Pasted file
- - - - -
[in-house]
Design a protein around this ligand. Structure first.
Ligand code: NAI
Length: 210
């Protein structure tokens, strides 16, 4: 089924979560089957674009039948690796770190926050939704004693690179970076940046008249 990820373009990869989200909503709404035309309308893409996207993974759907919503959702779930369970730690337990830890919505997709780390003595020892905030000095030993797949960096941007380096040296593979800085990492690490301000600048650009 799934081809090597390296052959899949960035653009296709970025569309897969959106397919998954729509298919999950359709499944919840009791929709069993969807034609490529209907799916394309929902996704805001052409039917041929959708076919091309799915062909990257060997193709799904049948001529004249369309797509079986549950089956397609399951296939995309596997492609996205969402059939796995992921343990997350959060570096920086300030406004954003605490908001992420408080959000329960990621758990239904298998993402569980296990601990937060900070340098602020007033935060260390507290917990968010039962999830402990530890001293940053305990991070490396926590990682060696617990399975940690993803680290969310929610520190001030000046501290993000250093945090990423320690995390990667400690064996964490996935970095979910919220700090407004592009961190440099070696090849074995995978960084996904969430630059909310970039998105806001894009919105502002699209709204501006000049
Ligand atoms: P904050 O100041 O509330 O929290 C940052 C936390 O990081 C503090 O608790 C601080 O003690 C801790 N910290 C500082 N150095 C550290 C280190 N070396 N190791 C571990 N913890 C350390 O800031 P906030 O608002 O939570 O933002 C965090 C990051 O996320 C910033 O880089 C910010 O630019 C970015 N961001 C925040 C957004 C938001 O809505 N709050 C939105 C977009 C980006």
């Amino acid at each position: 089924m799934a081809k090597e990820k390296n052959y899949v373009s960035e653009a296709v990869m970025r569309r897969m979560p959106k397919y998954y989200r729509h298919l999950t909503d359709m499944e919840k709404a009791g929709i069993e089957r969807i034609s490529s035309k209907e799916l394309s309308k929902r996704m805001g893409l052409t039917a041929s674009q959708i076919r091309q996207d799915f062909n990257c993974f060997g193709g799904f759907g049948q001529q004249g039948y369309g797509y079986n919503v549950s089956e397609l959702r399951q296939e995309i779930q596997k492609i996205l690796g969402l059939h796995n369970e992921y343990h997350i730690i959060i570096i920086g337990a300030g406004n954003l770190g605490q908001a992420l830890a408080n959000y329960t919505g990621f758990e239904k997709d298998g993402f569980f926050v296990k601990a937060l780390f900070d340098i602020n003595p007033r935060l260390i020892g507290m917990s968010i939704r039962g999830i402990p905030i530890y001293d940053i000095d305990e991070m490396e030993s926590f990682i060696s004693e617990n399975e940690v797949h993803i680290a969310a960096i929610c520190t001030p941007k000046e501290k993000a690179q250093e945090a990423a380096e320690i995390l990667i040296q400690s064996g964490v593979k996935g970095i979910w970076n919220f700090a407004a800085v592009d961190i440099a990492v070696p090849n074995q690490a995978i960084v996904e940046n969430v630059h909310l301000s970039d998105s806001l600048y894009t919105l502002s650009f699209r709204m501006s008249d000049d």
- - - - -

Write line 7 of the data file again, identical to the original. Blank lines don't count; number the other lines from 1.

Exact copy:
């Amino acid at each position: 089924m799934a081809k090597e990820k390296n052959y899949v373009s960035e653009a296709v990869m970025r569309r897969m979560p959106k397919y998954y989200r729509h298919l999950t909503d359709m499944e919840k709404a009791g929709i069993e089957r969807i034609s490529s035309k209907e799916l394309s309308k929902r996704m805001g893409l052409t039917a041929s674009q959708i076919r091309q996207d799915f062909n990257c993974f060997g193709g799904f759907g049948q001529q004249g039948y369309g797509y079986n919503v549950s089956e397609l959702r399951q296939e995309i779930q596997k492609i996205l690796g969402l059939h796995n369970e992921y343990h997350i730690i959060i570096i920086g337990a300030g406004n954003l770190g605490q908001a992420l830890a408080n959000y329960t919505g990621f758990e239904k997709d298998g993402f569980f926050v296990k601990a937060l780390f900070d340098i602020n003595p007033r935060l260390i020892g507290m917990s968010i939704r039962g999830i402990p905030i530890y001293d940053i000095d305990e991070m490396e030993s926590f990682i060696s004693e617990n399975e940690v797949h993803i680290a969310a960096i929610c520190t001030p941007k000046e501290k993000a690179q250093e945090a990423a380096e320690i995390l990667i040296q400690s064996g964490v593979k996935g970095i979910w970076n919220f700090a407004a800085v592009d961190i440099a990492v070696p090849n074995q690490a995978i960084v996904e940046n969430v630059h909310l301000s970039d998105s806001l600048y894009t919105l502002s650009f699209r709204m501006s008249d000049d």